Also when I'm hiking in the national park that's 55 sq miles of mostly woods behind my house.
Hiking is a great way to find good cache spots-just be sure you see what the place looks like in both summer and winter-things look a whole lot different when there's leaves on the trees in summer than they did in winter when there were no leaves on the trees,and no green undergrowth.


"Models and brands have cachet. Preppers have a cache. If you're making YouTube videos, learn your mother tongue, even when we steal words from other languages, so you won't sound like a dolt.)"


There's no shortage of "experts" who do make themselves sound like dolts in You Tube videos.
Try teaching culinary arts classes-the mispronunciation of words /phrases like roux,bain marie,mise en place,Escoffier,sauteuse,garde manger, etc. is at times hilarious,and at other times,it makes me think we have produced at least a generation of uneducated morons,with a second generation well on the way to being even worse.

riverrider said...

this is a good idea but keep i mind if authorities get involved, like last year when some kids found a cache and reported it, they cordoned and searched the entire area finding 4 more caches in the area. all his preps gone. had some good stuff too, boomy stuff.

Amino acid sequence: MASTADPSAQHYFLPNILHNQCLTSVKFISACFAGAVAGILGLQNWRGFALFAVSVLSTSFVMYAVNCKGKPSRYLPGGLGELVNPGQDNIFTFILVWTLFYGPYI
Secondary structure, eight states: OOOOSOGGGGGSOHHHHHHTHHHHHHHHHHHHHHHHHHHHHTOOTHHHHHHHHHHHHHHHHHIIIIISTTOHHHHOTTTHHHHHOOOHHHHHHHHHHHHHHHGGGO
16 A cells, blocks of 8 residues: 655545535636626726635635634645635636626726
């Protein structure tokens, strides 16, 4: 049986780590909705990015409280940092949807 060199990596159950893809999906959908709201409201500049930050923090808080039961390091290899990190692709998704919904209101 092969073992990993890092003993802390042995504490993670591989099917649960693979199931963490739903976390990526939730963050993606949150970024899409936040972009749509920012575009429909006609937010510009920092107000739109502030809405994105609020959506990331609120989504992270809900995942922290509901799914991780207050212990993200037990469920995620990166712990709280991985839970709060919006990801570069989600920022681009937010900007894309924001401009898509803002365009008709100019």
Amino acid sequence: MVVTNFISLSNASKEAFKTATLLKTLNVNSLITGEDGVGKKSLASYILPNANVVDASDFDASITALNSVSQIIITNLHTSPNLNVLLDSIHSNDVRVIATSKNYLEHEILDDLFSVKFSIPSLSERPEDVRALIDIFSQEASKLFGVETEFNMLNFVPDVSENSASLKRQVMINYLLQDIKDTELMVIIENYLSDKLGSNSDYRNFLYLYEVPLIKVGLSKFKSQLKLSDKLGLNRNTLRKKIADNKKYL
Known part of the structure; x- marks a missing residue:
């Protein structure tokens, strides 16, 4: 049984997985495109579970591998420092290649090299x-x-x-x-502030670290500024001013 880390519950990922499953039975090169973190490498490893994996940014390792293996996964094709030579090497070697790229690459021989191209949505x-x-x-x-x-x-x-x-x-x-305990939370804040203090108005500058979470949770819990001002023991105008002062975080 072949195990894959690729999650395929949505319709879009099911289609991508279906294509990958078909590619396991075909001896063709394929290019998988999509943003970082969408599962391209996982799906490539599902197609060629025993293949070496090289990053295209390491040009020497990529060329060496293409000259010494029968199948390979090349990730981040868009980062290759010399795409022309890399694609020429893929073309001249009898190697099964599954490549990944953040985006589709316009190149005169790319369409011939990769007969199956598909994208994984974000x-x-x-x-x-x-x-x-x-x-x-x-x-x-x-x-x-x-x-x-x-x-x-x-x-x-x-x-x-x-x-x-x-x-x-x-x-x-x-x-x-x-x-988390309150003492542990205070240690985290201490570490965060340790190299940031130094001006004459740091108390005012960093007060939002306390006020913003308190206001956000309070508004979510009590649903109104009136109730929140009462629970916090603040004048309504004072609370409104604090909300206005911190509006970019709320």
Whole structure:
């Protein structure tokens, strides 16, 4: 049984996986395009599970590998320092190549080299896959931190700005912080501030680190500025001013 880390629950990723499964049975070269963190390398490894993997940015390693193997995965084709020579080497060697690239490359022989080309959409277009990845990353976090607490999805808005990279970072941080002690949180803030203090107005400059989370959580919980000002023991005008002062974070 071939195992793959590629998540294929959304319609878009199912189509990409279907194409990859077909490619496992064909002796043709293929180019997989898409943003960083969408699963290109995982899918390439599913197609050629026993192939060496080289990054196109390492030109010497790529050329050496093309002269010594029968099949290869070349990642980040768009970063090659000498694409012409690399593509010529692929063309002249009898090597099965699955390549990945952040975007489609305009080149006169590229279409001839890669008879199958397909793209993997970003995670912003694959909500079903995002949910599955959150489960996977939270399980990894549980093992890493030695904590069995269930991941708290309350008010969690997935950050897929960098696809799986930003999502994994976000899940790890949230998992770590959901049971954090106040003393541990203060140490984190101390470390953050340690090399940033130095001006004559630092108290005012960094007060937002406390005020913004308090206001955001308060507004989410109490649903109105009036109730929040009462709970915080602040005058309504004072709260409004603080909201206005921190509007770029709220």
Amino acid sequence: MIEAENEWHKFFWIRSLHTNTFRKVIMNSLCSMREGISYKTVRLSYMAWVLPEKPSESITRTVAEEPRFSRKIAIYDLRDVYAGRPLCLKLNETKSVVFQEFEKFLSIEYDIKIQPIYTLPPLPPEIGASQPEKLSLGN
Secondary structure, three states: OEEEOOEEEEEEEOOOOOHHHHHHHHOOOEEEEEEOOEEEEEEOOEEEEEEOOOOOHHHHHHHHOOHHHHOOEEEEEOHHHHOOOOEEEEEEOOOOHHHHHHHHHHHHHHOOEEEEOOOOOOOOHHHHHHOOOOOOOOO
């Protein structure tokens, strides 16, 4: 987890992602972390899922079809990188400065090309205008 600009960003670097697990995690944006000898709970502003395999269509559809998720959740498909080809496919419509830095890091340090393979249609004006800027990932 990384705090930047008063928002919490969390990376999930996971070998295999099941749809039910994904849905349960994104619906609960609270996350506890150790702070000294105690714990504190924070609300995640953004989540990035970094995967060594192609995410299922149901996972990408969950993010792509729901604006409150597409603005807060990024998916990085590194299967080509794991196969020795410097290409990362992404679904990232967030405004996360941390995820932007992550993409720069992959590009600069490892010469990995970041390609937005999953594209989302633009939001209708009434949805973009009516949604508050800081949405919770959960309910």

Aesop said...

Which says more about the peril of choosing a lousy place to cache things, and leaving it where kids could discover it, than it does about anything else.
If random kids "discovered" your stuff in the first place, anything that follows is entirely your own fault.

riverrider said...

would agree except it was in the middle of a national forest, off trail.no idea how they found it. another reason i still haven't placed mine yet. know i need them, just don't know where to put them safely. even my back acreage can be seen and any number of hunters cross it. storage units get routinely broken into.

Windy Wilson said...

Similar to what Tweell said, do something like Rommel when he decided to unass Egypt.
He buried scrap metal at regular intervals until the pursuing British Army got tired of digging up junk, and then he buried a mine.
Bury a bunch of scrap metal, and below that a couple of feet bury the cache.

Windy Wilson said...

Riverrider, if it's like the cache found 25 years ago on State Park land in the Northwest part of the State, it may not have been discovered by kids, but was revealed as the result of a falling out between preppers, one of whom, it is believed, ratted on the other.